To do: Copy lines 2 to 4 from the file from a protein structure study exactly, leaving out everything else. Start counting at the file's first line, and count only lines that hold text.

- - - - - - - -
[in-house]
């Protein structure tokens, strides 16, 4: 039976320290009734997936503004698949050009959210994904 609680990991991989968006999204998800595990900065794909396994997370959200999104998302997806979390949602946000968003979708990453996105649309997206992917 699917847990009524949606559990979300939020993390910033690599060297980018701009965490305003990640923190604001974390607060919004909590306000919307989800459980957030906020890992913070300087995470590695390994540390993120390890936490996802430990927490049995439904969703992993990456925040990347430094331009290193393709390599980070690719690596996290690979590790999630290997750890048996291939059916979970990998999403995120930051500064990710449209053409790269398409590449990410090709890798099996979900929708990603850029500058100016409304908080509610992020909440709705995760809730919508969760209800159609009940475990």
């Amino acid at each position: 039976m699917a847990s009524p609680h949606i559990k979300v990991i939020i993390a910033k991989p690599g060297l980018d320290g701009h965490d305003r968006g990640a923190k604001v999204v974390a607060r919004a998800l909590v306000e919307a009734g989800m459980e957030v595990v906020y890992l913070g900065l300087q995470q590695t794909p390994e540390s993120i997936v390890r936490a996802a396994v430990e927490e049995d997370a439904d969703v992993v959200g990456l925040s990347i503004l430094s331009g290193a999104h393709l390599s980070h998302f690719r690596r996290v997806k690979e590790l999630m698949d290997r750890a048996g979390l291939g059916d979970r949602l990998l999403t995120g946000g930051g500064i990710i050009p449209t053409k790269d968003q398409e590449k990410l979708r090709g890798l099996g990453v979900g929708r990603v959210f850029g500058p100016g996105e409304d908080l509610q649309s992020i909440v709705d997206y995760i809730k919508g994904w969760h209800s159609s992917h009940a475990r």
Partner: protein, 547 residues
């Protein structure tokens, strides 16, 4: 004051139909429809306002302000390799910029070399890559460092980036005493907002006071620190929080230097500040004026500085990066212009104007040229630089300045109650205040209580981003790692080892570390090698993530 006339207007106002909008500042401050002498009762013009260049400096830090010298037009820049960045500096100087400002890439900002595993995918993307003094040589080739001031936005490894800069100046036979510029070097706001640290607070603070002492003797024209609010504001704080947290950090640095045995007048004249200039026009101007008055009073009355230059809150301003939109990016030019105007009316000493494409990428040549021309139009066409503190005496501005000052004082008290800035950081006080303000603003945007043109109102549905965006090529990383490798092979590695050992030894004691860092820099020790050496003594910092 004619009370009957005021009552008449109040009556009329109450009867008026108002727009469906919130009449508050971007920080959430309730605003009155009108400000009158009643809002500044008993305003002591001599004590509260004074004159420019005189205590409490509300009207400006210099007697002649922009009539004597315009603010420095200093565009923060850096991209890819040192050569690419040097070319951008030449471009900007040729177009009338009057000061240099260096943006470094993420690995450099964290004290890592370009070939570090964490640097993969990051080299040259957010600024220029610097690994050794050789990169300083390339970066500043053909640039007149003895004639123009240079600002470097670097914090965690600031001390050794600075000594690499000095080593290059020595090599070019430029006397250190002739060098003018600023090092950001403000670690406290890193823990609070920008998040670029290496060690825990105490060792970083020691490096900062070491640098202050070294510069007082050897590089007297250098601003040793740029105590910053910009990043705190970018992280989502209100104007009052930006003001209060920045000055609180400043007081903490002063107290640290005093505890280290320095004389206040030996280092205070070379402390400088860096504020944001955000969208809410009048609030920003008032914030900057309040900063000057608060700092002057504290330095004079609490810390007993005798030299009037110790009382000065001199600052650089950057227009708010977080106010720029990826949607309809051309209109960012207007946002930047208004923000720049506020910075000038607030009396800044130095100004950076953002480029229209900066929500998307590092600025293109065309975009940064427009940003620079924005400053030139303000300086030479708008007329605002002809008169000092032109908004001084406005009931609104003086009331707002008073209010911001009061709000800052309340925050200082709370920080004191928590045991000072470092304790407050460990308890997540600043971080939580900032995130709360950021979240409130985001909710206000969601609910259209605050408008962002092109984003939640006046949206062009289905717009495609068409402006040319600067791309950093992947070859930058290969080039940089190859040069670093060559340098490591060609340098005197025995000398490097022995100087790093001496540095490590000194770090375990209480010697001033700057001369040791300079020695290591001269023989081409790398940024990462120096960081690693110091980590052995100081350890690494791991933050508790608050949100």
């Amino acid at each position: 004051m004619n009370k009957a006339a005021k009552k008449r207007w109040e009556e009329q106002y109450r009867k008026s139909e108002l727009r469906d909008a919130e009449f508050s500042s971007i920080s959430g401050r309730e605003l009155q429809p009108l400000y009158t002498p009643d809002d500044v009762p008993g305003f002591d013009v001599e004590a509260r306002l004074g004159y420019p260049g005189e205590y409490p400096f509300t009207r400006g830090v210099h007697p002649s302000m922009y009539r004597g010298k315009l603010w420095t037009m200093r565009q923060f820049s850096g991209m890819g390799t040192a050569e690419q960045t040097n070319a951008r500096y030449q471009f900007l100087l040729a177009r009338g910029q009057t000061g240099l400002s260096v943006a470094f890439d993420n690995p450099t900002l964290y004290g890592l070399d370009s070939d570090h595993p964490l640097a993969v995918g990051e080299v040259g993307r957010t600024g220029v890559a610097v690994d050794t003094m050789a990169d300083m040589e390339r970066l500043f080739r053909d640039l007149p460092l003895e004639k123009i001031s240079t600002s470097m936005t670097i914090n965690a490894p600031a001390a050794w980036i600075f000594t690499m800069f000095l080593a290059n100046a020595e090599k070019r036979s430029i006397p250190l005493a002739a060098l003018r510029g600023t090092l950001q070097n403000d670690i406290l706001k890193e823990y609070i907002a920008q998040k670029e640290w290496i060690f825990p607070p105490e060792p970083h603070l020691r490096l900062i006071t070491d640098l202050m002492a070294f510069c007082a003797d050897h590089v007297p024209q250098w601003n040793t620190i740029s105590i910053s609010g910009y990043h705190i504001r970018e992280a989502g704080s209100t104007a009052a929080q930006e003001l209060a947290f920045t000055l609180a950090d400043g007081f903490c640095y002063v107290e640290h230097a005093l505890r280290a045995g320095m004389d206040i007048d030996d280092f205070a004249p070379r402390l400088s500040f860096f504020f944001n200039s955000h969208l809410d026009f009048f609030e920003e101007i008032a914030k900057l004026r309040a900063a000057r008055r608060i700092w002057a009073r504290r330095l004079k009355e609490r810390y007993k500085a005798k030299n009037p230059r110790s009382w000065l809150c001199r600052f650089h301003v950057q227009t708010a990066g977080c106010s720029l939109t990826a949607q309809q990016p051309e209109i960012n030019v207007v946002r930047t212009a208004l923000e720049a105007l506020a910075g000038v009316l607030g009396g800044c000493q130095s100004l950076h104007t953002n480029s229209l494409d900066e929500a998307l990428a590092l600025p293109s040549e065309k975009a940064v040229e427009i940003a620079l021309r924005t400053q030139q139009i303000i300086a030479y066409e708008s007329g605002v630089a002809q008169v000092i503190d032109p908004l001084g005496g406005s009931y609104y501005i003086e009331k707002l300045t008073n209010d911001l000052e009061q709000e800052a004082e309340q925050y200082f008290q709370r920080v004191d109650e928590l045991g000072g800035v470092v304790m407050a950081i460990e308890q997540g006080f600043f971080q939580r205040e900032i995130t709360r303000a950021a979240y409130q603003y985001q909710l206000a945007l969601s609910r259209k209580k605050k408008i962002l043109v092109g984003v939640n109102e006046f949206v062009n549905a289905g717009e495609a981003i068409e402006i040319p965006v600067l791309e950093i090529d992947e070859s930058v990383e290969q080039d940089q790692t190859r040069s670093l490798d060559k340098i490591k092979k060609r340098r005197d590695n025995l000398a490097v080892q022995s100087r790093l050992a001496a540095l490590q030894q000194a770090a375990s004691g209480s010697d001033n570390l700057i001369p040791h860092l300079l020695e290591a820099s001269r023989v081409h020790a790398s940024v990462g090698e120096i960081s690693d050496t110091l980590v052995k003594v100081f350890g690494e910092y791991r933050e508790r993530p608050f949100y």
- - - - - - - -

């Protein structure tokens, strides 16, 4: 039976320290009734997936503004698949050009959210994904 609680990991991989968006999204998800595990900065794909396994997370959200999104998302997806979390949602946000968003979708990453996105649309997206992917 699917847990009524949606559990979300939020993390910033690599060297980018701009965490305003990640923190604001974390607060919004909590306000919307989800459980957030906020890992913070300087995470590695390994540390993120390890936490996802430990927490049995439904969703992993990456925040990347430094331009290193393709390599980070690719690596996290690979590790999630290997750890048996291939059916979970990998999403995120930051500064990710449209053409790269398409590449990410090709890798099996979900929708990603850029500058100016409304908080509610992020909440709705995760809730919508969760209800159609009940475990």
């Amino acid at each position: 039976m699917a847990s009524p609680h949606i559990k979300v990991i939020i993390a910033k991989p690599g060297l980018d320290g701009h965490d305003r968006g990640a923190k604001v999204v974390a607060r919004a998800l909590v306000e919307a009734g989800m459980e957030v595990v906020y890992l913070g900065l300087q995470q590695t794909p390994e540390s993120i997936v390890r936490a996802a396994v430990e927490e049995d997370a439904d969703v992993v959200g990456l925040s990347i503004l430094s331009g290193a999104h393709l390599s980070h998302f690719r690596r996290v997806k690979e590790l999630m698949d290997r750890a048996g979390l291939g059916d979970r949602l990998l999403t995120g946000g930051g500064i990710i050009p449209t053409k790269d968003q398409e590449k990410l979708r090709g890798l099996g990453v979900g929708r990603v959210f850029g500058p100016g996105e409304d908080l509610q649309s992020i909440v709705d997206y995760i809730k919508g994904w969760h209800s159609s992917h009940a475990r």
Partner: protein, 547 residues